Shen Wei

Published on December 5th, 2014


An experience in art is coming to the Freedom Tower in Miami like nothing the 90-year-old building has ever hosted. The highly acclaimed choreographer, director, dancer, painter and designer Shen Wei, winner of the MacArthur Genius Grant and a host of other accolades, was inspired by the grand interior of the building to create a site-specific dance with paintings. “Shen Wei – In Black, White and Gray” opens during Art Basel Miami Beach with five performances by Shen Wei Dance Arts among large-scale paintings by Shen.

“This is an exciting venture that Miami gets to be part of,” declares Kathryn Garcia, executive director of MDC Live Arts. “Miami gets to see this convergence of his visual arts life with his dance life.”

Jeremy Mikolajczak, executive director of the MDC Museum of Art + Design describes seeing the art and choreography together as an immersive experience. He explains, “You are really actively participating so that you are able to form that relationship between movement and form and how it relates both in the physical sense in front of you and also to what you’re seeing on a canvas.”

Since arriving at MDC Live Arts, Garcia had hoped to bring Shen back to Miami (MDC Live Arts hosted his “Rite of Spring” in 2003). She says when she brought Shen to Miami to consider the Freedom Tower as a venue, the artist immediately fell in love with the space. “He got so excited about it that it became the number one thing on his calendar, which was a real honor for us. He was giving us priority over all these performances in Russia and China and Europe. He was a hundred percent focused on Freedom Tower Miami.”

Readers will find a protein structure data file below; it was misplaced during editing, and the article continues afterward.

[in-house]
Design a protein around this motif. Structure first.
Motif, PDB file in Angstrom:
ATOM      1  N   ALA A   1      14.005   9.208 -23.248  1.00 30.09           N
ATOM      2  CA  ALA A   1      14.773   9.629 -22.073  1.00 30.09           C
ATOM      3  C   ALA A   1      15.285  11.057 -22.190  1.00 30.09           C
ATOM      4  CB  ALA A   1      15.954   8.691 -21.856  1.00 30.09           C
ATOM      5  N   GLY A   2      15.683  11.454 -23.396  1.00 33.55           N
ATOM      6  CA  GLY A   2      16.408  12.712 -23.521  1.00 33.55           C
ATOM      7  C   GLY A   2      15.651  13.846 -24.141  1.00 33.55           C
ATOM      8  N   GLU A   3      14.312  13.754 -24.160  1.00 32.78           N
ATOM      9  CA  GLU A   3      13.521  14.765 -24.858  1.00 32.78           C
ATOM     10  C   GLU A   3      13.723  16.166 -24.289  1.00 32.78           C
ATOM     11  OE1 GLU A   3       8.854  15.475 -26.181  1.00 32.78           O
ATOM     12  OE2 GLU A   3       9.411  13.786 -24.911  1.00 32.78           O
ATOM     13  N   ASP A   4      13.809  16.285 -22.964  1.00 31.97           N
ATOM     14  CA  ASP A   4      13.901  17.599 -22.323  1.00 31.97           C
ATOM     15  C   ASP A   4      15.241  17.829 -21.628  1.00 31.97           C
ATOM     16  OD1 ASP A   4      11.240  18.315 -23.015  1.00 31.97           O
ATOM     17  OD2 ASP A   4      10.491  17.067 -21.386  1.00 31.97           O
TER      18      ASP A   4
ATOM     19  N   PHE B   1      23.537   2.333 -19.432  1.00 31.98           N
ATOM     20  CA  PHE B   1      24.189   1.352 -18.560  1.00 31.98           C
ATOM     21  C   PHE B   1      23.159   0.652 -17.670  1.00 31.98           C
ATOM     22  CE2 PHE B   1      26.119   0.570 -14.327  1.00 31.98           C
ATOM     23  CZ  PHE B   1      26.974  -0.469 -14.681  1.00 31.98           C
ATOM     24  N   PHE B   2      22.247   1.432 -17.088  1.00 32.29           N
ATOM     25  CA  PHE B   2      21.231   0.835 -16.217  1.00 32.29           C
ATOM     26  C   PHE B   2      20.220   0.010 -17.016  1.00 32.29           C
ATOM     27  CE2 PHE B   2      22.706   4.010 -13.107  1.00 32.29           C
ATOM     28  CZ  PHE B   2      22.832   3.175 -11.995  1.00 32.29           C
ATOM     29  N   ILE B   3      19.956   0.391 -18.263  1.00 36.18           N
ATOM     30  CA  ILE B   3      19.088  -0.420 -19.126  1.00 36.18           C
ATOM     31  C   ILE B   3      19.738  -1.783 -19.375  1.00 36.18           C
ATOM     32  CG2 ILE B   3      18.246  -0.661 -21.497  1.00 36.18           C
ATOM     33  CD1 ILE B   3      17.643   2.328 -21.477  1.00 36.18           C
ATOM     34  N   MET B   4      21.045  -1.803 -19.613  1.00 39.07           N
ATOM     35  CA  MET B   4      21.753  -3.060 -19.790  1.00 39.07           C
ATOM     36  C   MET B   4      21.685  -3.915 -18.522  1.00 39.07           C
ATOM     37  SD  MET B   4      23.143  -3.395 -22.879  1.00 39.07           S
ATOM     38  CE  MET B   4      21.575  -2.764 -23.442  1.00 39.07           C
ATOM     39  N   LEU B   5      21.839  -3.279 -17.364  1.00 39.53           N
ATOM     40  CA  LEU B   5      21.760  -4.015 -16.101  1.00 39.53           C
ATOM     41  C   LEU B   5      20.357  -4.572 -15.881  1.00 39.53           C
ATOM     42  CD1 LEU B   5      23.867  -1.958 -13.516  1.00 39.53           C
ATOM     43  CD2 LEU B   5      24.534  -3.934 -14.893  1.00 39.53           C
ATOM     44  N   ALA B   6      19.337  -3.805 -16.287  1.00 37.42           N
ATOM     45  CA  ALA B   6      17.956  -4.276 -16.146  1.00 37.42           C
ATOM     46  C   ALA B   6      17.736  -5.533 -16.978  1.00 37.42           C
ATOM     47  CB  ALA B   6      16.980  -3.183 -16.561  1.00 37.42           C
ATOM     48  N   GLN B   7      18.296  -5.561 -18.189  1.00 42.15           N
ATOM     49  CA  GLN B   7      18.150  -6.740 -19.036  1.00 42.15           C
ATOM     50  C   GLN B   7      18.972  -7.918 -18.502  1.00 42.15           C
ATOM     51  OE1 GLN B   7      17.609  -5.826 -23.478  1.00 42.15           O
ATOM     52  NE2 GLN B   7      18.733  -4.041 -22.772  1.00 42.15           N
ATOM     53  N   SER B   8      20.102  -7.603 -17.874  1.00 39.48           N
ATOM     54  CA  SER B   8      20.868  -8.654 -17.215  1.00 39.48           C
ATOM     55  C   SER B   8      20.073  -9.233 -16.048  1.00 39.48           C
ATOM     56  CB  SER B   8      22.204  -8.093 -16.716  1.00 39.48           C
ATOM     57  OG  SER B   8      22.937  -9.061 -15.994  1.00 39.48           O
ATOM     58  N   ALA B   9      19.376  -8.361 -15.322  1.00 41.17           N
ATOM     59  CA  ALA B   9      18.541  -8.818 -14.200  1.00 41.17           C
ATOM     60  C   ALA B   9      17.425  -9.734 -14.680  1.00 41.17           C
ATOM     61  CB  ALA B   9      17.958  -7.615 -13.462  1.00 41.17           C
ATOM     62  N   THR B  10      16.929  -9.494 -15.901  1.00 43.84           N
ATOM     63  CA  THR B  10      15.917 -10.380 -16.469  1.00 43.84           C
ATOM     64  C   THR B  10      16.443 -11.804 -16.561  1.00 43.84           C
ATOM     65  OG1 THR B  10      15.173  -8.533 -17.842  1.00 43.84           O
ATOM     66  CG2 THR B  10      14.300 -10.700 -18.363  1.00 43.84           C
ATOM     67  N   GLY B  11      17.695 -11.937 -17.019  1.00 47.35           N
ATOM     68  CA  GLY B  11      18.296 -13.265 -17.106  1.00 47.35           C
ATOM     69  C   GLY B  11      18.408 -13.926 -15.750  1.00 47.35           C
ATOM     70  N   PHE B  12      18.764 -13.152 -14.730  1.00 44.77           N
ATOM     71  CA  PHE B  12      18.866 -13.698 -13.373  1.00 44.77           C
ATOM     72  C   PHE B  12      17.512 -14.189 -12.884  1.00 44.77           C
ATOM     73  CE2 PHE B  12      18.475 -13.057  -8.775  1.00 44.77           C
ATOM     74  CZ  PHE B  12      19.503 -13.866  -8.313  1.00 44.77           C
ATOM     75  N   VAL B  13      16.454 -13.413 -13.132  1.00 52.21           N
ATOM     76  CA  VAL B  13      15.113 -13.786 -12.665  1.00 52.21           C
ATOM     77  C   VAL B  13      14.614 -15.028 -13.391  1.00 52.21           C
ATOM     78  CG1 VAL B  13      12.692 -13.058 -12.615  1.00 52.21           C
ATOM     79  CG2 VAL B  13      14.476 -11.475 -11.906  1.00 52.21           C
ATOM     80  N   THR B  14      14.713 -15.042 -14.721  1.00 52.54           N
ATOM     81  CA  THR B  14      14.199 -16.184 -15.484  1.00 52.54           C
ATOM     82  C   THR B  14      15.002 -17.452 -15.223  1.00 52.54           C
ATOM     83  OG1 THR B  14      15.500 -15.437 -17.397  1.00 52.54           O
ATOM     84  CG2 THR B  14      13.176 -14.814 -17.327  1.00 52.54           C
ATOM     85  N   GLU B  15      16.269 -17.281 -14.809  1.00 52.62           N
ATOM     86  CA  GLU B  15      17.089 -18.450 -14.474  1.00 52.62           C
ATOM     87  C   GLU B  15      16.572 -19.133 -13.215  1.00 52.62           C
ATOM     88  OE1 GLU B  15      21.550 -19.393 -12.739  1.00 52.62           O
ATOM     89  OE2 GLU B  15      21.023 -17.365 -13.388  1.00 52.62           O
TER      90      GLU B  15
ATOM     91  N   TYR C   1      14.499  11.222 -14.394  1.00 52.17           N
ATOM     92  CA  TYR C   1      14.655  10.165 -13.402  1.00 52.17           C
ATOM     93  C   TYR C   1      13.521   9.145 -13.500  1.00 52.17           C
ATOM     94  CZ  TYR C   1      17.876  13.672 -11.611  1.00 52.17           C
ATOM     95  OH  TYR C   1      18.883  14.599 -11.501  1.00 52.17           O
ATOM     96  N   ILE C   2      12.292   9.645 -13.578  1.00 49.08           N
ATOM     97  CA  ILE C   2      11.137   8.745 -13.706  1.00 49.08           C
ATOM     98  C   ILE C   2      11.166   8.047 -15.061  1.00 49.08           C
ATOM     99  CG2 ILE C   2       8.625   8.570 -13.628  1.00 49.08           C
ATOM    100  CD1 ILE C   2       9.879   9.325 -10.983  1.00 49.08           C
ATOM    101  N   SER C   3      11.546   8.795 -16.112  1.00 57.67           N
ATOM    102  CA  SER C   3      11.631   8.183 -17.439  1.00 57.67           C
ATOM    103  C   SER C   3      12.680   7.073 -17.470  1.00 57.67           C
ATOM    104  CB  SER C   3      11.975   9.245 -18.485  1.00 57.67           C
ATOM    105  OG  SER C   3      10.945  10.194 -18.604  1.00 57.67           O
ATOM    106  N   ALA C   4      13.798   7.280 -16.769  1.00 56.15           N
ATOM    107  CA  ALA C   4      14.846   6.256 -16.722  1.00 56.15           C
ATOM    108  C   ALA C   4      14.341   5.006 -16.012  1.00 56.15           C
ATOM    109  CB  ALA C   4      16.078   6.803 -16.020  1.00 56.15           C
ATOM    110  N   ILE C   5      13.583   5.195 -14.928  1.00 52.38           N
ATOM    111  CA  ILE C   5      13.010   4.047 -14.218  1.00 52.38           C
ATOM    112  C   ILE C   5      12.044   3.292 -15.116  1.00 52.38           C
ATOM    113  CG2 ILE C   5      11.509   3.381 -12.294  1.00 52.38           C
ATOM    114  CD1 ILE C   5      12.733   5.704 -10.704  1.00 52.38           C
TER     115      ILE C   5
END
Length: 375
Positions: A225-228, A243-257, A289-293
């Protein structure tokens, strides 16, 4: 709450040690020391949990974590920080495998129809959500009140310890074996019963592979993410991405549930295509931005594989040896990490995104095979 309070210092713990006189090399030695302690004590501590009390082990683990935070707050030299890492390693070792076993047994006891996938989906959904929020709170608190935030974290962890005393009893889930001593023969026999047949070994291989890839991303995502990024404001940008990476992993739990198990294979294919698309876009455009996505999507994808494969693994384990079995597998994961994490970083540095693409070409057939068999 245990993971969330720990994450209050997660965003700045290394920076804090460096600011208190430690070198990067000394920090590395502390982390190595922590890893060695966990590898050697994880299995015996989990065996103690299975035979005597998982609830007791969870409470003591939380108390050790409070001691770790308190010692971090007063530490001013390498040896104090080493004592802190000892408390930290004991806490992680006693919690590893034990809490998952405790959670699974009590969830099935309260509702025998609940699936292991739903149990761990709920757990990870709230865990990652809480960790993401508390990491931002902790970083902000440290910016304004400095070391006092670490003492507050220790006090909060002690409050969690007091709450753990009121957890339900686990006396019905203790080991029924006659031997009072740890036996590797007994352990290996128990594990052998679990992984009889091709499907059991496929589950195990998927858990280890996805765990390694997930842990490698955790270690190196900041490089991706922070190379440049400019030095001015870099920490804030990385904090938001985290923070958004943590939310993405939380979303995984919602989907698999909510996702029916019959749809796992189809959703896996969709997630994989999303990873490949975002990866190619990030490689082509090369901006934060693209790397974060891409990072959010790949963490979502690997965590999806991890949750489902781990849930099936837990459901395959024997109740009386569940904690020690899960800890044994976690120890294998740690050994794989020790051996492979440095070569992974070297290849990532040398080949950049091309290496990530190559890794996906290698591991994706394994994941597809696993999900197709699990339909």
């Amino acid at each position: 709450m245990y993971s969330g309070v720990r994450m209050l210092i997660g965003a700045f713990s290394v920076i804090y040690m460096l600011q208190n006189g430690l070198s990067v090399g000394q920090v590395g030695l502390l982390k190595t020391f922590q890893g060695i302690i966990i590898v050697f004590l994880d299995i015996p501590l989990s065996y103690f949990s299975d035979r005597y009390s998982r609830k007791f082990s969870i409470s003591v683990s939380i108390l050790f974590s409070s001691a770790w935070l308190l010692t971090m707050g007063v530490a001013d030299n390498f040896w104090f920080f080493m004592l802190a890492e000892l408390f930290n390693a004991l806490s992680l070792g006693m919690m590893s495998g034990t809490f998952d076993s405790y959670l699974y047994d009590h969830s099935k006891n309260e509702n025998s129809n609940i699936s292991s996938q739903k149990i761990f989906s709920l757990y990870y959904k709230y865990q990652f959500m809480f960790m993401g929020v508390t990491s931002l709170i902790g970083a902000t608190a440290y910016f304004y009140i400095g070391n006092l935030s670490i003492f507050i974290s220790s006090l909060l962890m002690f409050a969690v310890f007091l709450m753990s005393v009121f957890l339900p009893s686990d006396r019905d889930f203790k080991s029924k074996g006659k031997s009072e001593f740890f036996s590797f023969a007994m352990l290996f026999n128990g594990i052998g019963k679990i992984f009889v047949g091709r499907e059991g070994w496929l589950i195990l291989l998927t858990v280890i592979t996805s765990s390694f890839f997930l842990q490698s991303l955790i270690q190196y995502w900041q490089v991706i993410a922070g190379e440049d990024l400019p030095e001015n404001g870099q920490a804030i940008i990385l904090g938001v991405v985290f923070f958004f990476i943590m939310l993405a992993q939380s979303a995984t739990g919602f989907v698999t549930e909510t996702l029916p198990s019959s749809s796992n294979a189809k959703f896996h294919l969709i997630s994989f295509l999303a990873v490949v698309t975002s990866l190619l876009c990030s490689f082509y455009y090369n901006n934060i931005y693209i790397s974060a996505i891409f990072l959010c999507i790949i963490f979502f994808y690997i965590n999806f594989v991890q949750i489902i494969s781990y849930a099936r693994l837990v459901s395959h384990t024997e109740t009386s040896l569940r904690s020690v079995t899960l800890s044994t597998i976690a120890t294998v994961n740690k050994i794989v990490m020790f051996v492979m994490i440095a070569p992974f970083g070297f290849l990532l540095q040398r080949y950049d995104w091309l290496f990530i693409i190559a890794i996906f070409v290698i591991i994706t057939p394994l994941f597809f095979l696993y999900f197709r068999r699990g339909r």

After the dancers have left, his paintings will remain on the walls through Feb. 1, 2015. Garcia calls the paintings “extremely dramatic and beautiful.” Mikolajczak explains that on their own, they stand as another kind of experience. “I think the paintings themselves really become kind of the record of movement and motion and really, relate to the choreography further,” he says. “It’s just a different way of presenting the material because, I think overall, his work is rooted as one. I don’t think there’s any sort of definition or division between his two artistic practices, so I think his paintings sort of exude the same qualities as his dance portrays as well, that sort of striking movement, that motion.”

~Hans Morgenstern | The Independent Ethos |